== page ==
Digital Media Rights to be main growth area for Sports Rights holders over the next 3-5 years

Digital media rights will be the key driver for the growth of the sports industry over the next five years according to the latest edition of the PricewaterhouseCoopers Sports Survey.

The paper which canvassed the views of 580 industry leaders from 49 countries predicted the digital sector will achieve growth of up to 9.7 per cent. Traditional media streams are estimated to grow at no more than 4.1 per cent per year over the same period.

Overall the sector's growth is expected to slow down to at an annual rate of 6.4% compared to the 7.4% seen in the past 3-5 years.

Despite the positive overall outlook of the PwC paper, it does question whether sports organisations can benefit from online growth due to the control of the major technology firms as content gatekeepers and providers.

The shift away from tradition TV consumption of sport is seen as the biggest threat to revenue streams, with OTT platforms set to play a role in the growth of digital rights, though  rated the current OTT space as being below expectations or disappointing.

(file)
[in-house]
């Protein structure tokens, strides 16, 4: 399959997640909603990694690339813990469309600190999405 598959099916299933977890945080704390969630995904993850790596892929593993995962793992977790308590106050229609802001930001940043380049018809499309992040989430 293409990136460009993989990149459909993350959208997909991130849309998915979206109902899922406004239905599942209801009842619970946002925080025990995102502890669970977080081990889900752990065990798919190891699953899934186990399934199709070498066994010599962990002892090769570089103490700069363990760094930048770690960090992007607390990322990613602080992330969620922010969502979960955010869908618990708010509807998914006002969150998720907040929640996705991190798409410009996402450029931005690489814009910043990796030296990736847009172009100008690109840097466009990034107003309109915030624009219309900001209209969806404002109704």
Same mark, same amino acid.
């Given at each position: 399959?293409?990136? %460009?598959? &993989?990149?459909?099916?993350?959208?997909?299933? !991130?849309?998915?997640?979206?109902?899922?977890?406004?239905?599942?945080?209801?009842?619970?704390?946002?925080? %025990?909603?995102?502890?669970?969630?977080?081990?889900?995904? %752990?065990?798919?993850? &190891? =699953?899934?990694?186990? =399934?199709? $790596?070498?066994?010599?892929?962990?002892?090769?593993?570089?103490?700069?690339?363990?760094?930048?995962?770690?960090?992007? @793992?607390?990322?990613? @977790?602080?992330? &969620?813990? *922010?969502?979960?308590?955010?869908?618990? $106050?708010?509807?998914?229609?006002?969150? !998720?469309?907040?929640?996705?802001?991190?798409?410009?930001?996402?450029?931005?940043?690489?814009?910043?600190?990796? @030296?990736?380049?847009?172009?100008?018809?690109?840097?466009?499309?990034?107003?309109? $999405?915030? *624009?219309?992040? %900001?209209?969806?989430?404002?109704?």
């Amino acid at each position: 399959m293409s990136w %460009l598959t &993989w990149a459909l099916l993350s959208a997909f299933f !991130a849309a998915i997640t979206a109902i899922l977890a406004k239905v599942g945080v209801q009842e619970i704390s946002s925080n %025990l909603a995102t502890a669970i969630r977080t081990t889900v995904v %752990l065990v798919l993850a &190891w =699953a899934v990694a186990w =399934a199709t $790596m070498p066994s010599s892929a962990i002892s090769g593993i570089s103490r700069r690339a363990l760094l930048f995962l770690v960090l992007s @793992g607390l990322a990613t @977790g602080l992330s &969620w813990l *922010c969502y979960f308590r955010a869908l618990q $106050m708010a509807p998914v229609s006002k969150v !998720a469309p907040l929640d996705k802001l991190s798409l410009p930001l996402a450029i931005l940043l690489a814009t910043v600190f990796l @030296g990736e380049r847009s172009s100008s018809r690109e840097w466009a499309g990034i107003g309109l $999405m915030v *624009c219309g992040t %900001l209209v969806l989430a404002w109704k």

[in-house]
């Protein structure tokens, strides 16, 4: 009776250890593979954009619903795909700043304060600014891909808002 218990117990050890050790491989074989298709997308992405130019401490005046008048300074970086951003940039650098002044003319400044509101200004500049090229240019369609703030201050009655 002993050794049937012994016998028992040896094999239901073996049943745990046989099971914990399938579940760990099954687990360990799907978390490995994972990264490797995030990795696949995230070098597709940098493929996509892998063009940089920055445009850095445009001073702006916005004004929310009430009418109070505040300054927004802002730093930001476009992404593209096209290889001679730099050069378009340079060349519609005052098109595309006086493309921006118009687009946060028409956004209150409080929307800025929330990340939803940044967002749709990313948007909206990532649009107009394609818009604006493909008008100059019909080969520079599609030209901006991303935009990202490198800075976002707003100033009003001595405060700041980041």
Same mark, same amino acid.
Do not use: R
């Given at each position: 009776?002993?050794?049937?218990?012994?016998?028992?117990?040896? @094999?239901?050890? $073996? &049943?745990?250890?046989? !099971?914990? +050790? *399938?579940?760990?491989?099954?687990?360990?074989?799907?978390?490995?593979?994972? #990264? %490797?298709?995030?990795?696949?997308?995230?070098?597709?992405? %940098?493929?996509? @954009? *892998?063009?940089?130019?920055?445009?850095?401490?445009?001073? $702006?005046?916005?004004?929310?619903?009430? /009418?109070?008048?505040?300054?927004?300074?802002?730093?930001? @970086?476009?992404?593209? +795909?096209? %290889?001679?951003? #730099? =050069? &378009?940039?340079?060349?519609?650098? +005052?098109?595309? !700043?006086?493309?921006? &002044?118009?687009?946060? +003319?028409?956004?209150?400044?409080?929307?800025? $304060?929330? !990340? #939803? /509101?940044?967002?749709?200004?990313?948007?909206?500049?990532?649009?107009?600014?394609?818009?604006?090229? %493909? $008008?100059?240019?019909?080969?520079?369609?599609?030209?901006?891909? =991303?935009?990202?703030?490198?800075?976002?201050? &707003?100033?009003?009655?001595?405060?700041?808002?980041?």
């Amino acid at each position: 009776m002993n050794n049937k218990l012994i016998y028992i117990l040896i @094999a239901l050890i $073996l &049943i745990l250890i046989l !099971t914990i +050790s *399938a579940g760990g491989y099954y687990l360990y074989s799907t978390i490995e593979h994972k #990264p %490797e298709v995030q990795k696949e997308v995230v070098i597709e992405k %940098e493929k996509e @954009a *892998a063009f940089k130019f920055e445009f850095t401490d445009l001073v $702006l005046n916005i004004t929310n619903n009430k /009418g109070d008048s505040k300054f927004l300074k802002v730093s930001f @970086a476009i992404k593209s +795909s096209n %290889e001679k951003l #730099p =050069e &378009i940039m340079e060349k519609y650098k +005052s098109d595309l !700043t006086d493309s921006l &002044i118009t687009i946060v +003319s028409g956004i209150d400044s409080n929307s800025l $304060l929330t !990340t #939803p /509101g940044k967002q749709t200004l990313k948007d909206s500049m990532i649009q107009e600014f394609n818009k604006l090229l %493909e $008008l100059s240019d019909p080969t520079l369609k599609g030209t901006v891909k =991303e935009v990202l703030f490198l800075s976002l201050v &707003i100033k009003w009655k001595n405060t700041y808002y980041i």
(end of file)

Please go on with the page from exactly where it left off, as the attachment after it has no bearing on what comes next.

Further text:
More than half of those surveyed in China and Europe were happy to pay for streaming services for the top four sports, while only only 43.5% of non-millenials compared to 52.8% of millenials in the US would pay. 

Among sport-interested millennials in the US, only 38% stream sports online compared with 72% in China and 59% in Europe. The difference is even more striking among non-millennials, with only 12% streaming sports online compared with 48% in China and 40% in Europe. 

This may reflect the strength of the traditional US TV market, while China's strong numbers could be the result of there being fewer linear sports channels available to Chinese fans.

As with the 2018 report, esports, football and besketball are seen as the top three sports in terms of potential to grow revenues.

PwC's head of Sports Business Advisory David Dellea said: "A great number of rights owners, and in particular sports federations, are in need of transforming the way they do business. While different players will be at different stages of progress on this long journey, we hope that the insights in this report are indicative of how to refocus the efforts to effect the changes needed for their organisations to flourish."